Across levels and timescales: causally linking genes, language processing and cultural evolution
- Dan Dediu (Max Planck Institute for Psycholinguistics, Nijmegen, Netherlands)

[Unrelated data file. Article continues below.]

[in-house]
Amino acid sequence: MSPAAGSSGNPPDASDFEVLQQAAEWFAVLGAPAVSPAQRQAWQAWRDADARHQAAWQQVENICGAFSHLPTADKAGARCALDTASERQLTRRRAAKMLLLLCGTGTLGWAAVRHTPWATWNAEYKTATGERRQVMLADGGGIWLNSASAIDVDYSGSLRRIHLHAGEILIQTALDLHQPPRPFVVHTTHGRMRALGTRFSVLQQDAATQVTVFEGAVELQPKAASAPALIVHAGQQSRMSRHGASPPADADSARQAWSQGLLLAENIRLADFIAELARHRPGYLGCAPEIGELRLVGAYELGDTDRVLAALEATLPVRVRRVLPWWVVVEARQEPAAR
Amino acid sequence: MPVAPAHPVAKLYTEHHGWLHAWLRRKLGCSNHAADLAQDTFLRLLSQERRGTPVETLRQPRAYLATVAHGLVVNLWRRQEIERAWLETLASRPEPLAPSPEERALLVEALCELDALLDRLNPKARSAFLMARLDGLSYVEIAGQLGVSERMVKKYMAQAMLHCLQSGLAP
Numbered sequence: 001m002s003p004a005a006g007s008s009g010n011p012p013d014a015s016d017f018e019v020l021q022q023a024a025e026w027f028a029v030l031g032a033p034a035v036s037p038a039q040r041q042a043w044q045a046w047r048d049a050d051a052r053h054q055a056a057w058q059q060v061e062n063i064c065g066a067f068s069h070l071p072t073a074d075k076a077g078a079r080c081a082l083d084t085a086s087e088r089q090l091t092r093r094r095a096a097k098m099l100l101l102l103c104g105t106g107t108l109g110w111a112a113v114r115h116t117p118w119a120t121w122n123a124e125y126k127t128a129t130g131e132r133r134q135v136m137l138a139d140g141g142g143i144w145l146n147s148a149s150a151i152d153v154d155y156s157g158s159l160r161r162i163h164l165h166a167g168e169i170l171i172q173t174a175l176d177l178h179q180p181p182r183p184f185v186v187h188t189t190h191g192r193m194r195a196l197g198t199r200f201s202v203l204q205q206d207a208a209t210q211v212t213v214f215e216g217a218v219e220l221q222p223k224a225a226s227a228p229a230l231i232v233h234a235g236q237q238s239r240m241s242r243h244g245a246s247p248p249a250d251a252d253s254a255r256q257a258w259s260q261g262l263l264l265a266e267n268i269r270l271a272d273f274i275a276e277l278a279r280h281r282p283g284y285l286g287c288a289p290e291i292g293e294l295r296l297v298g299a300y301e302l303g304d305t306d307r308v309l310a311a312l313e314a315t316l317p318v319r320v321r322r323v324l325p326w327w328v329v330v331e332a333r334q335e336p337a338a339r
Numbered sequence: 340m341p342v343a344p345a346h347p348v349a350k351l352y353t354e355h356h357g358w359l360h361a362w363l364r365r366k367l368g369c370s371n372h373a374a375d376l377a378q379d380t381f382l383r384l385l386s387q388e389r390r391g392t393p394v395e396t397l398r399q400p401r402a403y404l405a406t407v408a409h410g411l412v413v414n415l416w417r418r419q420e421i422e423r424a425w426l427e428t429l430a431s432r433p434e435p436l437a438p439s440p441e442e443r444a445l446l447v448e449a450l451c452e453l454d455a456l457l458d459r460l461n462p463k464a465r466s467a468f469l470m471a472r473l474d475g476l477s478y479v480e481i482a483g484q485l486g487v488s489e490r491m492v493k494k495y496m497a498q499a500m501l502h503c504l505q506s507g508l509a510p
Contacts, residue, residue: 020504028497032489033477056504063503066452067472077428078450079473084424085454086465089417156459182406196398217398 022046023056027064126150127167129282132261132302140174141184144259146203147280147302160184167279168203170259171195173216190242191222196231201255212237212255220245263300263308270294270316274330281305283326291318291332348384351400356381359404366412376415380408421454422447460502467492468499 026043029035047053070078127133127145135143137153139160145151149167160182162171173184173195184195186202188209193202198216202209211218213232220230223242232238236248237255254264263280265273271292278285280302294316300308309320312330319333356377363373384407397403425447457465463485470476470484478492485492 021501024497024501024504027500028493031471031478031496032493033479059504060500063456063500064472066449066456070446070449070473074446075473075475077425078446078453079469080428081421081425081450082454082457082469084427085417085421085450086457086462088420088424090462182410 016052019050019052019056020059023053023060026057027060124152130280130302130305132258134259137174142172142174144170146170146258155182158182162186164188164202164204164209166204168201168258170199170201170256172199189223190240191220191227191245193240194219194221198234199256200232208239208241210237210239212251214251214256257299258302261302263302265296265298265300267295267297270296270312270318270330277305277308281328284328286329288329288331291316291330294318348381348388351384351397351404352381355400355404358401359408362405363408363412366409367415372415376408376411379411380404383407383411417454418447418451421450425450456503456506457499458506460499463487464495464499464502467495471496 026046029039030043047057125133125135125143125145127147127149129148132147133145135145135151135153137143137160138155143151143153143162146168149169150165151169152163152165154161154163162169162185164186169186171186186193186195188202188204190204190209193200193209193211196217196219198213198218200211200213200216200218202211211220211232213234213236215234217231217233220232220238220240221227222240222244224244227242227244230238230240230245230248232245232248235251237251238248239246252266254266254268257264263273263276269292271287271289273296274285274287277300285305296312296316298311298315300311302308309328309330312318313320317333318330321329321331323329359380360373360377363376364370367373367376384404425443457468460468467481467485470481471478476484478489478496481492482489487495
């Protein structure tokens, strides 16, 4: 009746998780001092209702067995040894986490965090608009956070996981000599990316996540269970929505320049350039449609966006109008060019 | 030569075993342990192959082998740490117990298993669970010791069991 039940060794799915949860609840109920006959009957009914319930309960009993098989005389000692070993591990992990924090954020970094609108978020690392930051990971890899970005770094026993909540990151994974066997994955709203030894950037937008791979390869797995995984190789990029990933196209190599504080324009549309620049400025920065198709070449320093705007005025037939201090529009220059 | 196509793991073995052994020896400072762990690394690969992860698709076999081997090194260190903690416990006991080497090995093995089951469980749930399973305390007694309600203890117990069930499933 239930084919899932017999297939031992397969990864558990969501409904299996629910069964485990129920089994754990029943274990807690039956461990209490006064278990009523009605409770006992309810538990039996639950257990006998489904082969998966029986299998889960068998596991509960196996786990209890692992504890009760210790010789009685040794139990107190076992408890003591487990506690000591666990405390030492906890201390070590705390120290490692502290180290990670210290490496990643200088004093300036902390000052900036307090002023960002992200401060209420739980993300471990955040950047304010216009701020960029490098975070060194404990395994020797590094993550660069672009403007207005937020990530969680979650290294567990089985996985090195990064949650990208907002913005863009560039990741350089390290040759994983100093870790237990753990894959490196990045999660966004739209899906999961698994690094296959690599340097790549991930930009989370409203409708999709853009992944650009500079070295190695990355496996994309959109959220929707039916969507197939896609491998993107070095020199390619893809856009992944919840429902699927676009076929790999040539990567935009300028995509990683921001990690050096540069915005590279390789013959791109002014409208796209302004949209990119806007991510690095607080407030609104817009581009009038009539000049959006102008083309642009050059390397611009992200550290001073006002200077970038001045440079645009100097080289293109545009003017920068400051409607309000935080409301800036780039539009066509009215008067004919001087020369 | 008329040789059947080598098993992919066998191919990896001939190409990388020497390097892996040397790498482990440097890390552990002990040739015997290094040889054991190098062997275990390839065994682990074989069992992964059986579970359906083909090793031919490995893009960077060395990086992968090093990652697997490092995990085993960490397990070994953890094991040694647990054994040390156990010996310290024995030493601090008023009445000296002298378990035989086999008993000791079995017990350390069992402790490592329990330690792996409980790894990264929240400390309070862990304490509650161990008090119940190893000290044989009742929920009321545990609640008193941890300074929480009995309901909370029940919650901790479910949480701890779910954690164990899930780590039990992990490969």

Despite breathtaking recent progress, causal inference remains a very complex issue which becomes even more complex when studying phenomena that bridge multiple scales, levels and disciplines. This talk will focus on such a case, trying to link the population genetic structure to patterns of linguistic diversity. In a nutshell, this proposal suggests that structural properties of language might be influenced by the genetics of the speakers. Such influence must be very weak and indirect. Weak because we know that healthy children will acquire natively any language they happen to be raised into no matter their genetic makeup. Indirect because genes do not by themselves do anything to language and speech, not to mention group-level and historical phenomena such as language. Studying such cases rises a number of important questions including: What sort of data, methods, criteria and discourse must we use to support such long inferential chains crossing so many levels (molecular to social), timescales (milliseconds to generations) and disciplinary boundaries (molecular genetics to historical linguistics)? When and how do we decide that we have a causal explanation given the differences between disciplines (experimentation is not always possible)? How do we deal with loops in the process? How do we identify suppressors (for instance, compensatory strategies in speech articulation) and how do we control for them? In this talk I will use some more-or-less fictional examples to illustrate these difficulties but also to suggest approaches that might make such cases tractable, suggesting ways forward that should apply more generally to phenomena that bring the cultural and non-cultural together.